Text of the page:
Streamer Guide Ep.3 - Software Requirements

Welcome content creators!

In the last episode we looked at the hardware you'll need to get started in the world of content creation and some options for if you're looking to upgrade to a more professional set up. In this episode we'll be taking at what considerations you need to make from a software perspective, and some of the options available to you. Enjoy and let us know your thoughts!


When it comes to streaming software, there are 2 main programs that dominate the market for game streaming; OBS & Xsplit. OBS is an open-source, free broadcast software that is community driven, while Xsplit is a business, and so costs money to get the full package.

OBS - Open Broadcast Software - An open-source community driven project that has been the go-to for most of the streaming community. Due to the source code being open to the community, OBS is a free package that gets frequent updates as community coders add more features. It’s open source availability meant that other streaming centric companies could develop their features into their own program, thus having StreamLabs OBS (SLOBS) and Stream Elements OBS.Live.

The problem with open-source is it’s community driven aspect. This means updates are community written and tested, which can lead to annoying instabilities that can take weeks or months to be fixed. For the most part, OBS is reliable, especially for a free package, and the extra features available make it the go-to for your everyday streamer.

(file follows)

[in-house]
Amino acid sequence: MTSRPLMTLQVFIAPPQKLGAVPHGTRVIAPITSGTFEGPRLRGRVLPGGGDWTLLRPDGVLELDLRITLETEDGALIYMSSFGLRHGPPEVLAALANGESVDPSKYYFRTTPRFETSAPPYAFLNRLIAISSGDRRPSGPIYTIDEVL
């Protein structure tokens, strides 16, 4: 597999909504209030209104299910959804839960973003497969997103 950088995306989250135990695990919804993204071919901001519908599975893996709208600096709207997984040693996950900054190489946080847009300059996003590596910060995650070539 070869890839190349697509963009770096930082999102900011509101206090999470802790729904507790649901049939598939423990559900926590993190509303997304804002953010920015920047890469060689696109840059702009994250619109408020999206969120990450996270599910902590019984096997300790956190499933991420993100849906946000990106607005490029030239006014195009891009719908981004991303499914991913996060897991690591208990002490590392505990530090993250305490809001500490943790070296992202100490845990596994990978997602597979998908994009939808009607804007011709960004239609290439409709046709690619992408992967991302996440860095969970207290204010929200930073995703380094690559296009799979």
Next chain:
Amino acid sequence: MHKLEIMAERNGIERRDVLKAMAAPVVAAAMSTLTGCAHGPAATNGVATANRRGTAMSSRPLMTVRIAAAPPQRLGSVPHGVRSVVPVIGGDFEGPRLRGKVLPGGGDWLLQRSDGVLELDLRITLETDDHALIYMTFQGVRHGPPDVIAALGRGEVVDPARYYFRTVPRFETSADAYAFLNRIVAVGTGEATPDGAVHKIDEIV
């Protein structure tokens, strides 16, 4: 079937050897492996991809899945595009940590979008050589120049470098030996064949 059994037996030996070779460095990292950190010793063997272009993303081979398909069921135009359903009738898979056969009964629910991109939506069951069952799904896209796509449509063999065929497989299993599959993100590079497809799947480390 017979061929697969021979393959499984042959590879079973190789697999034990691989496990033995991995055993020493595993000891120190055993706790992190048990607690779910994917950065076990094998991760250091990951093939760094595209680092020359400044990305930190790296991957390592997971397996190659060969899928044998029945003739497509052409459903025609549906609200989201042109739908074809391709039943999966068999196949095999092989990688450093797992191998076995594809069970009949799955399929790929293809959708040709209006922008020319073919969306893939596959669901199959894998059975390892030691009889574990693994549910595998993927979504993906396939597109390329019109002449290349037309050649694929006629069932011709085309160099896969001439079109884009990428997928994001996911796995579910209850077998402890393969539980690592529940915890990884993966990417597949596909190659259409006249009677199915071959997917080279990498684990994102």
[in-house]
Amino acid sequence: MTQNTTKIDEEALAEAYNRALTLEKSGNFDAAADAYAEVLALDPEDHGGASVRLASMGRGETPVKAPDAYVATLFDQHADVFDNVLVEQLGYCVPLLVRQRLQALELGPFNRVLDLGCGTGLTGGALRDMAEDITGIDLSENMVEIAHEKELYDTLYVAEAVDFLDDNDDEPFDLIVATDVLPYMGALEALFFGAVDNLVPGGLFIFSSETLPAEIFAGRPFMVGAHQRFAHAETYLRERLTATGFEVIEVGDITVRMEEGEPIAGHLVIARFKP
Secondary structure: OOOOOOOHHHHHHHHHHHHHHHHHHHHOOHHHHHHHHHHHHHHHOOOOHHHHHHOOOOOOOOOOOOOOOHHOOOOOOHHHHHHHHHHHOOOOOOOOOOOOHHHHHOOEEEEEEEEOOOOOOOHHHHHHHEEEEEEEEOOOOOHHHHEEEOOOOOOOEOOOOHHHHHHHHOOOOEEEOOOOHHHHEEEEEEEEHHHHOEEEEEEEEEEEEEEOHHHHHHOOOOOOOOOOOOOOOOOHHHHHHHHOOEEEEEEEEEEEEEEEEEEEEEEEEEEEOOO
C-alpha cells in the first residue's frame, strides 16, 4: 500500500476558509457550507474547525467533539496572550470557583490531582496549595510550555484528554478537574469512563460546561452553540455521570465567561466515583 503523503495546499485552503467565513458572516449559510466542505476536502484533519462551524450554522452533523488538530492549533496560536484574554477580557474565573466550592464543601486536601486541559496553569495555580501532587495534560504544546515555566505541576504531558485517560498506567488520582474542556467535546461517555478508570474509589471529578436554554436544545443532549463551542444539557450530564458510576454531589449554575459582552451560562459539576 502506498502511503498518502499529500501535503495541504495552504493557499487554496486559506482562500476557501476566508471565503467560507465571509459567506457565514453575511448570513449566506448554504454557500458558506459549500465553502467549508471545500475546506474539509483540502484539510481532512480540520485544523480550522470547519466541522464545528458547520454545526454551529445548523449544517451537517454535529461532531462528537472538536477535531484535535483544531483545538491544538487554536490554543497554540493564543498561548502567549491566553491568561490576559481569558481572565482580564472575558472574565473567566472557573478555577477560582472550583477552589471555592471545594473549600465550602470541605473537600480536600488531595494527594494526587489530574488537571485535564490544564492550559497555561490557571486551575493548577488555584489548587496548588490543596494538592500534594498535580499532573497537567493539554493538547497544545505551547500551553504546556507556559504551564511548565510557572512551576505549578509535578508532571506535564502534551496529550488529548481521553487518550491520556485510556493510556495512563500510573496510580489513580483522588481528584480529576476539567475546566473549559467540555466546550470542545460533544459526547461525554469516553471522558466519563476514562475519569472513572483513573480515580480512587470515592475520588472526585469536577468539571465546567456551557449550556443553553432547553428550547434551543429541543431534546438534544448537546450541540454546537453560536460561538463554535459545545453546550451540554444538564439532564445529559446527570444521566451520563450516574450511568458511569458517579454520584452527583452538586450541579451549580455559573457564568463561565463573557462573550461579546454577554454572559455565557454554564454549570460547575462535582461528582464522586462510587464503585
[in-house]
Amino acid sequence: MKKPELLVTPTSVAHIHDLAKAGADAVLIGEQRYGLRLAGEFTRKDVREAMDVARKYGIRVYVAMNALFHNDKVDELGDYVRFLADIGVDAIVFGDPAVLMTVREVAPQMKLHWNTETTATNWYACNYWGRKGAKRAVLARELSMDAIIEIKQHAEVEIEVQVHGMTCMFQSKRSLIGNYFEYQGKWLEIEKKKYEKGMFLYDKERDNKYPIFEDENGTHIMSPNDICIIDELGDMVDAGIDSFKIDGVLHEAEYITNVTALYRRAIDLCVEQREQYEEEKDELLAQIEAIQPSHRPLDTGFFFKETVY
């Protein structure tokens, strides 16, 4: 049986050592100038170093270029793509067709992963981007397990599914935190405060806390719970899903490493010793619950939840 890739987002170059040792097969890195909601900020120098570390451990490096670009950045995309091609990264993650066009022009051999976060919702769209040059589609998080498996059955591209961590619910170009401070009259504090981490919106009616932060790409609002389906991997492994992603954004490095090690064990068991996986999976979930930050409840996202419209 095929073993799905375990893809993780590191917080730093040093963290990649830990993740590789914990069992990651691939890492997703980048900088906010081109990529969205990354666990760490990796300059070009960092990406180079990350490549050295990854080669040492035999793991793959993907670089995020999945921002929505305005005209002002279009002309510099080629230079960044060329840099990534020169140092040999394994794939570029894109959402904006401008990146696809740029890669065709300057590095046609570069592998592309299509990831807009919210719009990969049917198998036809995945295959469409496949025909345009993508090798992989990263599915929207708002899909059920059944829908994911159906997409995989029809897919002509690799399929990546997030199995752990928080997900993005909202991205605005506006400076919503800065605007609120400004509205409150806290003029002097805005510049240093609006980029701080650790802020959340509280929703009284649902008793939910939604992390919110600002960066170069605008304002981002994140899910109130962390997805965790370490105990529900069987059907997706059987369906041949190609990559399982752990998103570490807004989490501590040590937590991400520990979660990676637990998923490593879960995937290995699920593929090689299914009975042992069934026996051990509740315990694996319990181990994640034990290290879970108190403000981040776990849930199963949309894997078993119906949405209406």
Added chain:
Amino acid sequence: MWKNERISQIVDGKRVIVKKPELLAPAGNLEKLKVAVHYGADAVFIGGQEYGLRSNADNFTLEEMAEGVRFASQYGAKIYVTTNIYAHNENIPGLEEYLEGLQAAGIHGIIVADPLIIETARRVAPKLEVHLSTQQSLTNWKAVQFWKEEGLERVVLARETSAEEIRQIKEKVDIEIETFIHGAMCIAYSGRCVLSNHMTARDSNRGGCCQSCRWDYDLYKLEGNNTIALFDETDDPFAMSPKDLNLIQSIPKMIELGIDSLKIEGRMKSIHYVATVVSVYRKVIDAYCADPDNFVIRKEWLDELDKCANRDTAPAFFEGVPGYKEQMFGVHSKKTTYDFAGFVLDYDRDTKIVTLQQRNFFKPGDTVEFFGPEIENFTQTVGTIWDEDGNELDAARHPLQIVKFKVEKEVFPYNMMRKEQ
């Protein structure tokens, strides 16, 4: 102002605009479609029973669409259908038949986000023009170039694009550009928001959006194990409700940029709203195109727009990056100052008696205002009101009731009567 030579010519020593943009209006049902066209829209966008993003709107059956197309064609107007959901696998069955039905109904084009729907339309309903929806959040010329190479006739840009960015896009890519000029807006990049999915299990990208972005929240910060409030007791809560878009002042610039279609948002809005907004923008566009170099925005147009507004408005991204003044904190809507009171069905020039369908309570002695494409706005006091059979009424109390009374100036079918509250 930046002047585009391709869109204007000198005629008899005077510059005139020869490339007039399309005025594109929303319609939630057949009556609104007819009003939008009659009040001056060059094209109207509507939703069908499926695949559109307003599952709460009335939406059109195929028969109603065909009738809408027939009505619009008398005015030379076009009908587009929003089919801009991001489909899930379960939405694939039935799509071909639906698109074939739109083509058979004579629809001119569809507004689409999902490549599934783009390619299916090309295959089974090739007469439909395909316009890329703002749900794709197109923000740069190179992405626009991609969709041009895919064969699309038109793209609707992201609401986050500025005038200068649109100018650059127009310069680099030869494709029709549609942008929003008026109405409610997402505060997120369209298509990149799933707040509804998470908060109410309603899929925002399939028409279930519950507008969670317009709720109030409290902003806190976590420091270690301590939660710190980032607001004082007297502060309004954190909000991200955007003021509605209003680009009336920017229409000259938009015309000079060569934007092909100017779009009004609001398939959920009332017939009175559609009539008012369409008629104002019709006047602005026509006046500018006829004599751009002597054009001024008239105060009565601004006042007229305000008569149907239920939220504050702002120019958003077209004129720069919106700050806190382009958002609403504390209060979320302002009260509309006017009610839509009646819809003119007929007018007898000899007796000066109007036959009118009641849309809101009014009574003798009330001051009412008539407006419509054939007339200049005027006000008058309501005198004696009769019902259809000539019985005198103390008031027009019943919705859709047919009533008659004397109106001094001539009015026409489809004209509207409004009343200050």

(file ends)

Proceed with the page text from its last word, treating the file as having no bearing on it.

SLOBS - StreamLabs OBS - StreamLabs version of OBS, that combines all of their features into OBS, simplifying scene and widget setup, while allowing you to do everything in-app. Slowly becoming the top streaming app, due to it’s cleaner UI, simpler widget setup and stability benefits to traditional OBS.

SE OBS.Live - Stream Elements OBS.Live - Like StreamLabs, Stream Elements have their own version of OBS with built in features making it easier to implement their community driven widgets. OBS.Live sticks true with the original OBS app as far as UI design, but optimise the app to have more seamless features to make live production easier.